So, it's not leek moth but allium leaf miner that has destroyed my leeks. Apparently, this is caused by a fly which lays eggs in the leaf and the caterpillars mine down the stem and then pupate overwinter. The pupae are characteristically brown as opposed to the creamy colour of the leek moth's. The damage to the stems allows infections to occur resulting in slimy, rotting stems. It first appeared in 2002 in a garden in Wolverhampton having somehow been transferred from Europe. However, my father who lives near Southampton says his leeks have got it too, so it has spread quite far in only 8 summers.
I spent a tough afternoon struggling with the apple pruners on an extendible pole. But managed to prune both the apple and pear trees. This is a photo of the nice spurs on the apple tree that are developing and where the blossom and fruit occur.
Mind you, I need to look after the apples a bit better than I have this year. I thought they would be OK in the shed but the freezing temperatures damaged most of them. Those in the garage have been discovered by mice. So I'm not sure where to store them next year.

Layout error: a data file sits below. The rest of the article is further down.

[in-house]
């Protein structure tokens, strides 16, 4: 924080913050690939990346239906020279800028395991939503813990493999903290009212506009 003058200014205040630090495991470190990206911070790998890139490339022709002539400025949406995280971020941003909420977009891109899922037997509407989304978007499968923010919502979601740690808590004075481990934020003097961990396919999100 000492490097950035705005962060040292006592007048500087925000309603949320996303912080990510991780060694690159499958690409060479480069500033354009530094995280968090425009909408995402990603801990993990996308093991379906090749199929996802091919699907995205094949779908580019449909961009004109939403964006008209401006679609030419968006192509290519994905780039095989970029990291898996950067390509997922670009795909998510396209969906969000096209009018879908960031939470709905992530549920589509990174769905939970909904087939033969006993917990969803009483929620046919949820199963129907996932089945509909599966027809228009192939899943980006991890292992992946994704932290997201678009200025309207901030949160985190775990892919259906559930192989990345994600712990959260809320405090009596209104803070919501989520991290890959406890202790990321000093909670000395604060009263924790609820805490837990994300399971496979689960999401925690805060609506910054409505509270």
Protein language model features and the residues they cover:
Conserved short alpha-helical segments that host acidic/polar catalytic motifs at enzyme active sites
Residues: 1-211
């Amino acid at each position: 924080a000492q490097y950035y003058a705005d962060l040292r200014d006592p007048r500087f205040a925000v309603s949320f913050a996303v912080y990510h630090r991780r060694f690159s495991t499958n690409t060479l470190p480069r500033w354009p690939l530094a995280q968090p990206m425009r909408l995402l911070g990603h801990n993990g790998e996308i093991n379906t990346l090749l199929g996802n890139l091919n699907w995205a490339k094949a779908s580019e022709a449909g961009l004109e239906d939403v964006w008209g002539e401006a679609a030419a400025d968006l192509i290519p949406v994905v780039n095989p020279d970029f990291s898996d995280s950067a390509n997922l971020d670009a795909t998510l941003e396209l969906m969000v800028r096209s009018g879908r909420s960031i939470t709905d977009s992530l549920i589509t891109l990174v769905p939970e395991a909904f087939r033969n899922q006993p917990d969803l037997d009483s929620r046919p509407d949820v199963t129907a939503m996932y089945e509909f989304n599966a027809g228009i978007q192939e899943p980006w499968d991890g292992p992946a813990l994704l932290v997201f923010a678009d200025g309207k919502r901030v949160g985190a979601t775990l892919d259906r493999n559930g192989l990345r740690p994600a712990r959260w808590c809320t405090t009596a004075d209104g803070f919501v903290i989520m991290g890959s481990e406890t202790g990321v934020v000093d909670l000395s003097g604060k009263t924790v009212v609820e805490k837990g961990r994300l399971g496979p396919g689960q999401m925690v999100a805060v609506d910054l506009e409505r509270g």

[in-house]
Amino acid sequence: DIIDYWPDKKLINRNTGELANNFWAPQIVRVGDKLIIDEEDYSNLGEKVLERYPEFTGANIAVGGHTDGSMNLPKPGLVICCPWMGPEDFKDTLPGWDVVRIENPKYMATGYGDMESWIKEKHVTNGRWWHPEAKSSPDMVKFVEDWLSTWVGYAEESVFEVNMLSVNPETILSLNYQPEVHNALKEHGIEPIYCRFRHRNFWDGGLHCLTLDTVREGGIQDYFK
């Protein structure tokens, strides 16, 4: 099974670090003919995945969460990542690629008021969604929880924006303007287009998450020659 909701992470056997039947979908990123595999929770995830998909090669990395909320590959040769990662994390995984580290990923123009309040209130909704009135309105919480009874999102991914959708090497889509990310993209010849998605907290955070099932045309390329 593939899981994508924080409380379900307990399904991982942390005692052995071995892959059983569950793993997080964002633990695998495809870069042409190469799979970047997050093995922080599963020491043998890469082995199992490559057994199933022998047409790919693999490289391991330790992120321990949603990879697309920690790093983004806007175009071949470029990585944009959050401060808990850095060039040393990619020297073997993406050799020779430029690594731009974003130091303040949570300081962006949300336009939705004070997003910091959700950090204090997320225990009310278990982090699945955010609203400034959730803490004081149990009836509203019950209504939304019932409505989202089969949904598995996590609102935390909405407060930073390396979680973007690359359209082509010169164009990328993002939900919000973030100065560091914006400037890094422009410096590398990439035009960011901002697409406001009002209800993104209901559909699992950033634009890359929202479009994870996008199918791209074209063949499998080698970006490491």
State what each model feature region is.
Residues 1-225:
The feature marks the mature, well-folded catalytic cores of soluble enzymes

The Swiss chard has some green shoots poking through when I thought it had been destroyed by the snow and ice.
I'm not sure about the purple sprouting broccoli though; hopefully some shoots will emerge soon. I have covered it with netting to keep the pigeons off.
The fox is making a distinct path as he/she walks across my onion bed. Maybe it's not that obvious in this picture.
Nonetheless, the onions are growing.
Finally, as part of the garden clean up, I made a hedgehog house from old fence palings. I'm quite pleased with the result but the truth in how good it really is will depend on whether it gets occupied. I do hope so as I haven't seen a hedgehog for quite some time.
How to Sow Broad Beans
1 day ago